Aug/18

29

My Latest Interview with La Segunda About Marcelo Rios

Daniel Fernandez contacted me again to ask some questions about my thoughts of the International Tennis Hall of Fame omitting Marcelo Rios from the latest 2019 induction class ballot which included Yevgeny Kafelnikov, Mary Pierce, Jonas Bjorkman, Thomas Muster, Goran Ivanisevic, Sergi Bruguera, Conchita Martinez, and Li Na. I guess I have become his American go-to guy to discuss Marcelo Rios and his status in the world of tennis. I said it before and I will say it again, Marcelo Rios deserves to be nominated and inducted into the Hall of Fame. Even the greatest player in tennis history agrees…

Daniel Fernandez: Once again, the Tennis Hall of Fame has excluded Marcelo Rios; even more, he’s not even considered among the candidates for next year promotion, many of whom are not only contemporaries from him but have at least similar competitive records.What do you think of that?

Scoop Malinowski: Marcelo Rios is a fringe contender to be nominated for the Hall of Fame despite the fact Roger Federer said he would vote Marcelo to be inducted. The fact that other fringe players like Michael Stich, Michael Chang and Gabriela Sabatini were inducted and Jonas Bjorkman and Thomas Muster are now officially nominated this year gives hope to Marcelo’s chances.

Daniel Fernandez: At this point I’m really considering that this lack of recognition has more to do with his persona and bad reputation than his tennis career.

Scoop Malinowski:
That should not matter. It did not matter for Jimmy Connors, John McEnroe, Ilie Nastase, Marat Safin, Andre Agassi in his yearly professional years. Marcelo Rios is not the typical example of a tennis champion, his credentials and achievements are unique. If it’s going to happen it will take time. Look, nobody expected Roger Federer to say he would vote yes to inducting Marcelo Rios into the International Hall of Fame. That was a step in the process to change the public perception of Rios and to appreciate and understand his career. I think it would certainly help if Marcelo was more visible on the tennis circuit and if he granted more interviews to media. Marcelo was an intriguing character and many tennis enthusiasts and industry insiders would love to hear his views and observations about the modern game and also his thoughts about his career. To many people in tennis, Marcelo has disappeared. He needs to be more visible and accessible to the media. This would help raise his profile and increase his chances to be nominated for the Hall of Fame ballot in the coming years.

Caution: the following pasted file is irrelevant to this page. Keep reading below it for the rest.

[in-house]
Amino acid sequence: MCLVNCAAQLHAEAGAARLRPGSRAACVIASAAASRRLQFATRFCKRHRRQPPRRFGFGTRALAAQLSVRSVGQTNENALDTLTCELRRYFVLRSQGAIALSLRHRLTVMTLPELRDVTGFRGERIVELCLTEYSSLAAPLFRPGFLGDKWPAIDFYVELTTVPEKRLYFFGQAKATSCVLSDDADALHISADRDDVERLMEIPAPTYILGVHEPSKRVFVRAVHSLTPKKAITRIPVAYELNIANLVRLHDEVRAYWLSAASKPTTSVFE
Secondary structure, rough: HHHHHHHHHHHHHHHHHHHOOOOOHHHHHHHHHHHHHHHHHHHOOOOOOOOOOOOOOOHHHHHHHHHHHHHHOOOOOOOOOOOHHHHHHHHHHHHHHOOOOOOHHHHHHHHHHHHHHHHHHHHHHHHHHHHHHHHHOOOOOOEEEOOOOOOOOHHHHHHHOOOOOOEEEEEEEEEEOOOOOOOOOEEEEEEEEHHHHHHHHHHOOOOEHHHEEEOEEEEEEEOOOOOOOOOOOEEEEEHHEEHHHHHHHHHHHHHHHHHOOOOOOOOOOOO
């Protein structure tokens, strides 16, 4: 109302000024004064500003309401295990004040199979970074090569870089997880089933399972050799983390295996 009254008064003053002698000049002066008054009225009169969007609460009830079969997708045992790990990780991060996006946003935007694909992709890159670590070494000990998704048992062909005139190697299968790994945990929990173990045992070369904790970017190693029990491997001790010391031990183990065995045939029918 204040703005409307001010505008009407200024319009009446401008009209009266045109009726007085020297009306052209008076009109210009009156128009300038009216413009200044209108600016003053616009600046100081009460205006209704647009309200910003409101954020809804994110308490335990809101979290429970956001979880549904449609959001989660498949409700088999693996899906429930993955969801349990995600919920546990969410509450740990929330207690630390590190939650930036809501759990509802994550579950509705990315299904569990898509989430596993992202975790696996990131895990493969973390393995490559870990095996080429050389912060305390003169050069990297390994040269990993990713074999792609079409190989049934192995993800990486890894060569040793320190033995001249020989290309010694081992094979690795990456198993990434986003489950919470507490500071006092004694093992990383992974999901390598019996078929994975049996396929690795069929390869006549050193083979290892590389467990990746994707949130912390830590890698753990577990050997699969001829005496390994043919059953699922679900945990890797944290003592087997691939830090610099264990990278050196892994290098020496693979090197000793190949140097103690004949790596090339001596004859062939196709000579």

Daniel Fernandez: And although we already talked about this: Do you think Rios has enough achievements and credentials to (at least) be considered among the candidates?

Scoop Malinowski: He accomplished more than some Hall of Famers. Number one in the world is the ultimate achievement in pro tennis. And he was a great inspiration for many future players including Federer, Yoshihito Nishioka, Donald Young, Alexander Dolgopolov and Maria Sharapova. I’m around the sport a lot and players and insiders still talk about him very fondly. He is missed. He was special. He had a profound impact on the sport both positively and to a lesser degree negatively with his attitude to some. Rios was a very special champion who burst into the world of tennis as a little man and against all odds had a gigantic impact. ATP no. 1, four Masters Series titles, 18 titles overall, won the Grand Slam Cup.

Another very worthy player to be in the Hall of Fame is Nicolas Massu. He accomplished something Nadal, Federer and Djokovic have failed to – he won those two Olympic gold medals in 2004 in singles and doubles, both of which required astonishing physical efforts. Saving four gold medal points in the fourth set of the doubles down 2-6 vs Germany’s Kiefer and Schuettler was one of the most incredible matches I ever saw. Massu for one major tournament was a superhero. He accomplished the impossible in tennis, something the three greatest players of all time have failed to do. And it’s looking like no one in history will ever accomplish what Massu did in 2004 in Athens. Massu should also be a serious contender to be inducted to the Hall of Fame. Wouldn’t it be something special if Rios and Massu both get in in the next decade? It could and should happen.

Scoop’s book Marcelo Rios: The Man We Barely Knew is available at amazon for $11.99

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